LAMEX AGRIFOODS, INC., Plaintiff, -v- MSC MEDITERRANEAN SHIPPING COMPANY S.A., Defendant.
UNITED STATES DISTRICT COURT FOR THE SOUTHERN DISTRICT OF NEW YORK
2017 U.S. Dist. LEXIS 175211
October 23, 2017, Decided
October 23, 2017, Filed
COUNSEL: [*1] For Lamex Agrifoods, Inc., Plaintiff: James Paul Krauzlis, Martin F Casey, LEAD ATTORNEYS, Gregory George Barnett, Casey & Barnett, LLC, New York, NY.
For MSC Mediterranean Shipping Company S.A., Defendant: Garth S. Wolfson, Mahoney & Keane, LLP, New York, NY.
JUDGES: J. PAUL OETKEN, United States District Judge.
OPINION BY: J. PAUL OETKEN
OPINION AND ORDER
- PAUL OETKEN, District Judge:
This maritime case involves a container of frozen peaches shipped from Thessaloniki, Greece, to La Porte, Texas. The peaches thawed before their time. The question in this case is which party is responsible for the damage. According to the customer–Lamex, our Plaintiff–it is the shipper’s responsibility. According to the shipper–MSC, our Defendant–the customer bears the risk of loss. MSC moves for judgment on the pleadings. For the reasons that follow, the motion is granted.
The relevant contract is the bill of lading, which provided that MSC would ship a refrigerated container of frozen peaches from the port of Thessaloniki to the port of Houston. It also provided that MSC would supply a refrigerated container and maintain the container at a temperature of -20 degrees Celsius.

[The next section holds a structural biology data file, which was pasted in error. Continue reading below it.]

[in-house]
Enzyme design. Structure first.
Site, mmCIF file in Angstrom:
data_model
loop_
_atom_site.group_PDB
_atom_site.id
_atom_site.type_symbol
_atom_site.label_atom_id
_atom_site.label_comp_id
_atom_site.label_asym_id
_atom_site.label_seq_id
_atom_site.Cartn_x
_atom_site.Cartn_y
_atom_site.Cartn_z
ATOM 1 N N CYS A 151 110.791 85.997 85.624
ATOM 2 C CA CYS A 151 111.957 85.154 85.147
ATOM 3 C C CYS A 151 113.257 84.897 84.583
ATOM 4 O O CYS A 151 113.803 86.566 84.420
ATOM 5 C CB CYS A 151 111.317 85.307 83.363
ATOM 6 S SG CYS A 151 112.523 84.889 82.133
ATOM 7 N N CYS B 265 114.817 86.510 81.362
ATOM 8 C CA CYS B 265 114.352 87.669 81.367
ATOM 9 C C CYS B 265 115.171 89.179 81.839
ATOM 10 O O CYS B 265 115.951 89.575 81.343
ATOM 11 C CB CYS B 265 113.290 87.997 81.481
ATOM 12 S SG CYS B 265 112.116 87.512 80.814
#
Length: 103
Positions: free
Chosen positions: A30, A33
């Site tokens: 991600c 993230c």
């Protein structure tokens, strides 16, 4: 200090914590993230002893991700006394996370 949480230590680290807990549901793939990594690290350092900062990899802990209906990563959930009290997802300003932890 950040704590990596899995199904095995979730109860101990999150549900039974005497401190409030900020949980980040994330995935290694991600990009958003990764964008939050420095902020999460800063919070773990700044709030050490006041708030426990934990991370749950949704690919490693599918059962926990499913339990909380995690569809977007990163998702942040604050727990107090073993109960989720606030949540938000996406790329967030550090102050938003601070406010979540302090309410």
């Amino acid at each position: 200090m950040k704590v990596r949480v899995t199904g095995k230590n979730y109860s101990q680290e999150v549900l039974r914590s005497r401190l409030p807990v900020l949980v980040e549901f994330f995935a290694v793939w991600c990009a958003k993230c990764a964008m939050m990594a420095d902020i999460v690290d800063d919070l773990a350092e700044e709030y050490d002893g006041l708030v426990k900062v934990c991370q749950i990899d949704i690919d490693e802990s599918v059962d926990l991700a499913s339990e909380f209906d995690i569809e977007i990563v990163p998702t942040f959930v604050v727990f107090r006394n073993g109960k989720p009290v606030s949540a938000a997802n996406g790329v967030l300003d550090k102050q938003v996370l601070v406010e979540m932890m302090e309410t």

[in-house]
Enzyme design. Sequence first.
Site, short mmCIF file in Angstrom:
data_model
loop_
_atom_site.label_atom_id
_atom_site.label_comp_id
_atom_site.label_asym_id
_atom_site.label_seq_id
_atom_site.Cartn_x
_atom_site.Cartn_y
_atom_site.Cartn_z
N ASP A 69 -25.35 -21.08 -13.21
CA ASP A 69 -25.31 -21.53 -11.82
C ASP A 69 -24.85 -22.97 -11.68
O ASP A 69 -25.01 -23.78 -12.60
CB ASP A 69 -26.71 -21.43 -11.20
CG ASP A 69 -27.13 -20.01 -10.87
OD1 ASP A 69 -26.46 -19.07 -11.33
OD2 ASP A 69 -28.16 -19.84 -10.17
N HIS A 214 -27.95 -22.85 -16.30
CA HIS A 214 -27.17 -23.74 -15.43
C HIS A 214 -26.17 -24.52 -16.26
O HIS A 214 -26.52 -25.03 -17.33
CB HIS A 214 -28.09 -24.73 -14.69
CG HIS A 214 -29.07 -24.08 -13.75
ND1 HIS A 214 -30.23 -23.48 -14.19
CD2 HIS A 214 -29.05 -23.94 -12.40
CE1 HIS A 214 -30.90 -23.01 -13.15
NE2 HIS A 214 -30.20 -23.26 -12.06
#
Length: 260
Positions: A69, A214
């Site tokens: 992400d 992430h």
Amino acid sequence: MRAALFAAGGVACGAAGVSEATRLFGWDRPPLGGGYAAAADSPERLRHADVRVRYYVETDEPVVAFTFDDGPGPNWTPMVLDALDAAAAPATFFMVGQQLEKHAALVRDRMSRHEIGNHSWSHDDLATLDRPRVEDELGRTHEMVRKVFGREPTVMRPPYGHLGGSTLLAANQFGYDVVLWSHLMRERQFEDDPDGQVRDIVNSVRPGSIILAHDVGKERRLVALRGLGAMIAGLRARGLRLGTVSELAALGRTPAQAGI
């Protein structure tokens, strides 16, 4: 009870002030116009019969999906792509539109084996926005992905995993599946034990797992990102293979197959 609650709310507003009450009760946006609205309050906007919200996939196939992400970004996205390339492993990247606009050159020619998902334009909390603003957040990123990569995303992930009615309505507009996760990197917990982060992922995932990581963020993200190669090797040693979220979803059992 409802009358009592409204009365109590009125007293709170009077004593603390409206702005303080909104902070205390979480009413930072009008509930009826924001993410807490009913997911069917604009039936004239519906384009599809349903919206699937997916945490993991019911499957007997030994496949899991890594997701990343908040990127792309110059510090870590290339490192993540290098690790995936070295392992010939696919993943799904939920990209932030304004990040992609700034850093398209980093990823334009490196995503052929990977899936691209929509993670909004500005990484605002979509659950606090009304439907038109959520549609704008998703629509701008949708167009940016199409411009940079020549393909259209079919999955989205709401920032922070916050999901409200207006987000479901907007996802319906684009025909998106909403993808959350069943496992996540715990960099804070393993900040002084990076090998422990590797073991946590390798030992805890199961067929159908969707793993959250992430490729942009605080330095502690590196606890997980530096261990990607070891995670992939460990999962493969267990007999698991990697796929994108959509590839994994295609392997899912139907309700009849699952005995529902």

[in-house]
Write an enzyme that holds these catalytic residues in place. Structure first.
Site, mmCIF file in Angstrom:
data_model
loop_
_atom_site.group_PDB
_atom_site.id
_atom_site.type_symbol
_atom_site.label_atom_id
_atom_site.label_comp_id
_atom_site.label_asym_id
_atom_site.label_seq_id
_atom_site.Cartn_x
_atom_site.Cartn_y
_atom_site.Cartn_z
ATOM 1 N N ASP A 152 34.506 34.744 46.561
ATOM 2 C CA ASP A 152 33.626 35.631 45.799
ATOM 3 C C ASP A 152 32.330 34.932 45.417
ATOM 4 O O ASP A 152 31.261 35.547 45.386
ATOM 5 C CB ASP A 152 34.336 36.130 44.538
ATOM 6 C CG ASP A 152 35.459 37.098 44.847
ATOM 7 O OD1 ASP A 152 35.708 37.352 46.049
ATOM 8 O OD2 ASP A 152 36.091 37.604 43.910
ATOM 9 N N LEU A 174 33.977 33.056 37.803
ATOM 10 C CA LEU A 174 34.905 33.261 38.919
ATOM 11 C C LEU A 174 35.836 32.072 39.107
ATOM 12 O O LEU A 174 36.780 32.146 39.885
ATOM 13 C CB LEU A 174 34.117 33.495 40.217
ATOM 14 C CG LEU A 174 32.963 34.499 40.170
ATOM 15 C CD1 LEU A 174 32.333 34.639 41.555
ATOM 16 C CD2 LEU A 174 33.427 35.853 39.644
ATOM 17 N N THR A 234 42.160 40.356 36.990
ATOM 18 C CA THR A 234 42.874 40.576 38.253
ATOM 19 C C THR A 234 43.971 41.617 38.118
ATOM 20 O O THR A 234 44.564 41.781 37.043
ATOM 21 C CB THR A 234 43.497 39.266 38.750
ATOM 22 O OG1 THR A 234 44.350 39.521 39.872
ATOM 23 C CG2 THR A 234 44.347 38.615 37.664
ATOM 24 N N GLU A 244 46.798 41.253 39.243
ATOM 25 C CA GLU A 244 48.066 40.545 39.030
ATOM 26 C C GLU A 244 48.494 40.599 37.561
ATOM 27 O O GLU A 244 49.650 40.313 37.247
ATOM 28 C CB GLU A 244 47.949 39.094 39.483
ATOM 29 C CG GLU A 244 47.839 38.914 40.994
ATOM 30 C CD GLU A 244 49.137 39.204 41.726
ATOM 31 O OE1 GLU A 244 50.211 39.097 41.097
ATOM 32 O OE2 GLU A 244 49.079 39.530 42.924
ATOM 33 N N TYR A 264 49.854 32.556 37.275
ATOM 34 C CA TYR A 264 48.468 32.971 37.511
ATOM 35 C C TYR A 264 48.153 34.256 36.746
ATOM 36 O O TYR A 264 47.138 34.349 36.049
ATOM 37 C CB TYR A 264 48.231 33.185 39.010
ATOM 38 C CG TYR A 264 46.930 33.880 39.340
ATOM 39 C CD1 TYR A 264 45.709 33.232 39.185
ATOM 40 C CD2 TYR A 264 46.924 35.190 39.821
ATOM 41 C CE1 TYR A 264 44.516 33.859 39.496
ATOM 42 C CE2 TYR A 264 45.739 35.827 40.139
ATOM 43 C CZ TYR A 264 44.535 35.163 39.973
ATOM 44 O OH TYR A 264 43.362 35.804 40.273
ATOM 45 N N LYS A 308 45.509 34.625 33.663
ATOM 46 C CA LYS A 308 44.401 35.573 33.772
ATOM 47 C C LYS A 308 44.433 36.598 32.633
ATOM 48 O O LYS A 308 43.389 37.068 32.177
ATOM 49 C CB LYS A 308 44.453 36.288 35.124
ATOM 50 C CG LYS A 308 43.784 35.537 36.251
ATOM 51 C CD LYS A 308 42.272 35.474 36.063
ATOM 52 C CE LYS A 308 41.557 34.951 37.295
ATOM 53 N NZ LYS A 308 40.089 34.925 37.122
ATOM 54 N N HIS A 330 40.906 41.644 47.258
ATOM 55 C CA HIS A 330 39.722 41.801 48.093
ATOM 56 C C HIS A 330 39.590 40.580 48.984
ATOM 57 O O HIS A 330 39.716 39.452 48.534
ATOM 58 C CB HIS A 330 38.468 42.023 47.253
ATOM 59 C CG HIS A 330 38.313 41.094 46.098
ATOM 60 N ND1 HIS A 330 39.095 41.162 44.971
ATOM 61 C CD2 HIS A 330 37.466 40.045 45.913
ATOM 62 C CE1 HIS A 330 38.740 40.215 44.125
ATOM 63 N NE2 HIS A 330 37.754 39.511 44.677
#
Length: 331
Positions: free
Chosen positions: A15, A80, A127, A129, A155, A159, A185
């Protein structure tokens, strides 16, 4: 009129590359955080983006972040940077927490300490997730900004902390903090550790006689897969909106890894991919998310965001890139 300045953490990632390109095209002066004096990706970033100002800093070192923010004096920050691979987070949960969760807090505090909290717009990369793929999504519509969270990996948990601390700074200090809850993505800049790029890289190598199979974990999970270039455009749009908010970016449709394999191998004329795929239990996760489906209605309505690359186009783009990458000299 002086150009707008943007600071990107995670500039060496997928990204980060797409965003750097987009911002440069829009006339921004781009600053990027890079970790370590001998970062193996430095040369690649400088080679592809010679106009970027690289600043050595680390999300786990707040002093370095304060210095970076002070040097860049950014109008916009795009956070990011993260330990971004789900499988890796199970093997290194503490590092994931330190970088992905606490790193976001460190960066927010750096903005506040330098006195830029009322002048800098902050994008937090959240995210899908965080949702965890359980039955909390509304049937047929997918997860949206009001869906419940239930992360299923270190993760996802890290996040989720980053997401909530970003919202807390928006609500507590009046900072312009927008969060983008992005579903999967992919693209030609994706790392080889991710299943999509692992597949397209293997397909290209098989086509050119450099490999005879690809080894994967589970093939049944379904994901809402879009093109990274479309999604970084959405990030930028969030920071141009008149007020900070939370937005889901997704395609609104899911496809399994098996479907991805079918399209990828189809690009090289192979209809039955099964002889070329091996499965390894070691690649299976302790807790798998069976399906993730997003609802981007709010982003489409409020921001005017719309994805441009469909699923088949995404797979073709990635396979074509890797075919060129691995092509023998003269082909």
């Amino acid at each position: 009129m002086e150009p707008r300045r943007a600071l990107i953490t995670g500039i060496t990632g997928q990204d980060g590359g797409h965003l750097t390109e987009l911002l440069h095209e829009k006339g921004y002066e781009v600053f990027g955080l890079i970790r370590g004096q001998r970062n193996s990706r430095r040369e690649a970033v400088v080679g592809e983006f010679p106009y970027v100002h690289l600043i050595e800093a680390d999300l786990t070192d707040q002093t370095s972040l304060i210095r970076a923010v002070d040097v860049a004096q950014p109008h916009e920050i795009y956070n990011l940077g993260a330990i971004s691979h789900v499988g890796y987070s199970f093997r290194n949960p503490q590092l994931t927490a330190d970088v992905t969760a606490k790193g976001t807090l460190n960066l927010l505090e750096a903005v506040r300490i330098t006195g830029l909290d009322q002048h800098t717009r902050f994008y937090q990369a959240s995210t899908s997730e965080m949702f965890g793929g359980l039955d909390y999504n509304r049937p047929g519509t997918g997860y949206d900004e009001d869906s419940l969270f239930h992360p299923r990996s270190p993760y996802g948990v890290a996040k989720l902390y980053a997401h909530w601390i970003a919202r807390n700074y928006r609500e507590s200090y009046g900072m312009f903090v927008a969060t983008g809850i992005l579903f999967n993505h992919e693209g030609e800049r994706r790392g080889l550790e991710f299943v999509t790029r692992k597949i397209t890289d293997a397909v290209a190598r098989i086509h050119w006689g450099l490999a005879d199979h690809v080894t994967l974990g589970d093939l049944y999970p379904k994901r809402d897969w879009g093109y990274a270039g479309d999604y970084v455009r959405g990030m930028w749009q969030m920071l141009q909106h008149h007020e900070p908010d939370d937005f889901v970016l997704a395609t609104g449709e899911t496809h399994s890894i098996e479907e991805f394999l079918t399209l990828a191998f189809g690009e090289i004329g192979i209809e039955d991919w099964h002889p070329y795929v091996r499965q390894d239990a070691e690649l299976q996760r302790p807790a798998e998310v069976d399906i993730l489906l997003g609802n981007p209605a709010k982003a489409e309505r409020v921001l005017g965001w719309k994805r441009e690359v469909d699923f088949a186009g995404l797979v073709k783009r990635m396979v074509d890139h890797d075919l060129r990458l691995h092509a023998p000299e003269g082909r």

After the container arrived in Houston, [*2] it was loaded onto a truck for inland shipping. Importantly, while the trucker was contracted by Lamex, the peaches were still in MSC’s container. On the way from the port of Houston to La Porte, Texas, the freezer malfunctioned, and the peaches thawed. Although the peaches were later refrozen, Lamex was unable to sell them at market value, suffering a $48,000 loss.
Lamex filed this action on October 31, 2016. In the Complaint, Lamex asserts claims for breach of contract and negligence. MSC answered, then moved for judgment on the pleadings.
Because this is an admiralty and maritime action, this Court has subject matter jurisdiction under 28 U.S.C. § 1333.
- Legal Standard
A party is entitled to judgment on the pleadings under Federal Rule of Civil Procedure 12(c) if it establishes that it is entitled to judgment as a matter of law and that no material issue of fact remains unresolved. See Juster Assocs. v. City of Rutland, 901 F.2d 266, 269 (2d Cir. 1990). “‘The standard for granting a Rule 12(c) motion for judgment on the pleadings is identical to that of a Rule 12(b)(6) motion for failure to state a claim,’ and, as in a 12(b)(6) motion, the Court takes the facts alleged in the complaint as true.” Zurich Ins. Co. v. Crowley Latin Am. Servs., LLC, No. 16 Civ. 1861, 2016 U.S. Dist. LEXIS 175872, 2016 WL 7377047, at *2 (S.D.N.Y. Dec. 20, 2016) (quoting Patel v. Contemporary Classics of Beverly Hills, 259 F.3d 123, 126 (2d Cir. 2001)).
MSC argues that the bill of lading disclaims any liability on the part of MSC for damage occurring while [*3] the container was not in MSC’s control. Lamex responds by pointing to two potential claims: (1) that the peaches actually thawed onboard the ship, when they were still in MSC’s control, and (2) that even if the peaches thawed on the truck, MSC is liable for providing a faulty container. However, both claims fail.